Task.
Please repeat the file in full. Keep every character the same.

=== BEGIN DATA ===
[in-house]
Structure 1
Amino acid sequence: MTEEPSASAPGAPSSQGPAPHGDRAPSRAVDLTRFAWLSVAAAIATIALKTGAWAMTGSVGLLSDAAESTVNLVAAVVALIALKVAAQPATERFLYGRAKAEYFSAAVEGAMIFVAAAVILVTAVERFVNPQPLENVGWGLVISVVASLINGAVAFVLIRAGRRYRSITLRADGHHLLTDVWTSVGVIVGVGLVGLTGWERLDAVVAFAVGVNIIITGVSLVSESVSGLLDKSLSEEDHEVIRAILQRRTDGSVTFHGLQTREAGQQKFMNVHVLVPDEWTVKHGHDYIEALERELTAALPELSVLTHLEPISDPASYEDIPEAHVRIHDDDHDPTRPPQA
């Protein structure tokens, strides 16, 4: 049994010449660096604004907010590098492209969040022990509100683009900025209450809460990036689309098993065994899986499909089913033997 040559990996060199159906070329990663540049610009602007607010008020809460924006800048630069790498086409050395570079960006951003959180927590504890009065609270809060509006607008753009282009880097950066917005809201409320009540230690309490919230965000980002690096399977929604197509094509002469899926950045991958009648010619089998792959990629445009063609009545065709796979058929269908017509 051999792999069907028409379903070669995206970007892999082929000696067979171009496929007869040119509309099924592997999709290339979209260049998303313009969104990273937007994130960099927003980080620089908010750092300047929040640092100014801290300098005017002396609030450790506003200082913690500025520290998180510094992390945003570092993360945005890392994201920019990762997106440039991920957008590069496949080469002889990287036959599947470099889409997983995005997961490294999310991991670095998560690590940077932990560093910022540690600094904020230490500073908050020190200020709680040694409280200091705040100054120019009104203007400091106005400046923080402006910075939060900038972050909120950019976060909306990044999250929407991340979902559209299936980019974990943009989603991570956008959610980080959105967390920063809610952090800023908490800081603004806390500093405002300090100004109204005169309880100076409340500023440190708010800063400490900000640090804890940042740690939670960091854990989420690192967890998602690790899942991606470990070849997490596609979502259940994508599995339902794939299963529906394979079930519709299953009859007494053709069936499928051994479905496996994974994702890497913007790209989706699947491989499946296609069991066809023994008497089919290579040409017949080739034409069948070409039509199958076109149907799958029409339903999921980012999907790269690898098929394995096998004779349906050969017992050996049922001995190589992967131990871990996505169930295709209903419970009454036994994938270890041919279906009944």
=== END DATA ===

[in-house]
Structure 1
Amino acid sequence: MTEEPSASAPGAPSSQGPAPHGDRAPSRAVDLTRFAWLSVAAAIATIALKTGAWAMTGSVGLLSDAAESTVNLVAAVVALIALKVAAQPATERFLYGRAKAEYFSAAVEGAMIFVAAAVILVTAVERFVNPQPLENVGWGLVISVVASLINGAVAFVLIRAGRRYRSITLRADGHHLLTDVWTSVGVIVGVGLVGLTGWERLDAVVAFAVGVNIIITGVSLVSESVSGLLDKSLSEEDHEVIRAILQRRTDGSVTFHGLQTREAGQQKFMNVHVLVPDEWTVKHGHDYIEALERELTAALPELSVLTHLEPISDPASYEDIPEAHVRIHDDDHDPTRPPQA
């Protein structure tokens, strides 16, 4: 049994010449660096604004907010590098492209969040022990509100683009900025209450809460990036689309098993065994899986499909089913033997 040559990996060199159906070329990663540049610009602007607010008020809460924006800048630069790498086409050395570079960006951003959180927590504890009065609270809060509006607008753009282009880097950066917005809201409320009540230690309490919230965000980002690096399977929604197509094509002469899926950045991958009648010619089998792959990629445009063609009545065709796979058929269908017509 051999792999069907028409379903070669995206970007892999082929000696067979171009496929007869040119509309099924592997999709290339979209260049998303313009969104990273937007994130960099927003980080620089908010750092300047929040640092100014801290300098005017002396609030450790506003200082913690500025520290998180510094992390945003570092993360945005890392994201920019990762997106440039991920957008590069496949080469002889990287036959599947470099889409997983995005997961490294999310991991670095998560690590940077932990560093910022540690600094904020230490500073908050020190200020709680040694409280200091705040100054120019009104203007400091106005400046923080402006910075939060900038972050909120950019976060909306990044999250929407991340979902559209299936980019974990943009989603991570956008959610980080959105967390920063809610952090800023908490800081603004806390500093405002300090100004109204005169309880100076409340500023440190708010800063400490900000640090804890940042740690939670960091854990989420690192967890998602690790899942991606470990070849997490596609979502259940994508599995339902794939299963529906394979079930519709299953009859007494053709069936499928051994479905496996994974994702890497913007790209989706699947491989499946296609069991066809023994008497089919290579040409017949080739034409069948070409039509199958076109149907799958029409339903999921980012999907790269690898098929394995096998004779349906050969017992050996049922001995190589992967131990871990996505169930295709209903419970009454036994994938270890041919279906009944």